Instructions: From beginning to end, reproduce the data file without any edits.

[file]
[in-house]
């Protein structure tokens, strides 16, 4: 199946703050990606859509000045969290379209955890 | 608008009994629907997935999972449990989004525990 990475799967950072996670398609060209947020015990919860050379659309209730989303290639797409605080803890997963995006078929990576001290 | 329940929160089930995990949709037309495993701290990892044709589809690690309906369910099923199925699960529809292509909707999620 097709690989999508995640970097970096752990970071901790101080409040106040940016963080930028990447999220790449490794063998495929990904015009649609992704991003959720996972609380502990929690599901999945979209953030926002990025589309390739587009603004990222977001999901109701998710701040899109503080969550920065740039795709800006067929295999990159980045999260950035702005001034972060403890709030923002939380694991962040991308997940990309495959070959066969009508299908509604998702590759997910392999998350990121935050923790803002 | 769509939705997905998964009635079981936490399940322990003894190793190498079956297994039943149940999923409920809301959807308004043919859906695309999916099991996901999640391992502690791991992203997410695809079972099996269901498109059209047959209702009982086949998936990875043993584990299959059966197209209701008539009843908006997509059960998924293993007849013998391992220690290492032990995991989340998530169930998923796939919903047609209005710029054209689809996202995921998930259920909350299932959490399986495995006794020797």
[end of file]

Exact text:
[in-house]
């Protein structure tokens, strides 16, 4: 199946703050990606859509000045969290379209955890 | 608008009994629907997935999972449990989004525990 990475799967950072996670398609060209947020015990919860050379659309209730989303290639797409605080803890997963995006078929990576001290 | 329940929160089930995990949709037309495993701290990892044709589809690690309906369910099923199925699960529809292509909707999620 097709690989999508995640970097970096752990970071901790101080409040106040940016963080930028990447999220790449490794063998495929990904015009649609992704991003959720996972609380502990929690599901999945979209953030926002990025589309390739587009603004990222977001999901109701998710701040899109503080969550920065740039795709800006067929295999990159980045999260950035702005001034972060403890709030923002939380694991962040991308997940990309495959070959066969009508299908509604998702590759997910392999998350990121935050923790803002 | 769509939705997905998964009635079981936490399940322990003894190793190498079956297994039943149940999923409920809301959807308004043919859906695309999916099991996901999640391992502690791991992203997410695809079972099996269901498109059209047959209702009982086949998936990875043993584990299959059966197209209701008539009843908006997509059960998924293993007849013998391992220690290492032990995991989340998530169930998923796939919903047609209005710029054209689809996202995921998930259920909350299932959490399986495995006794020797």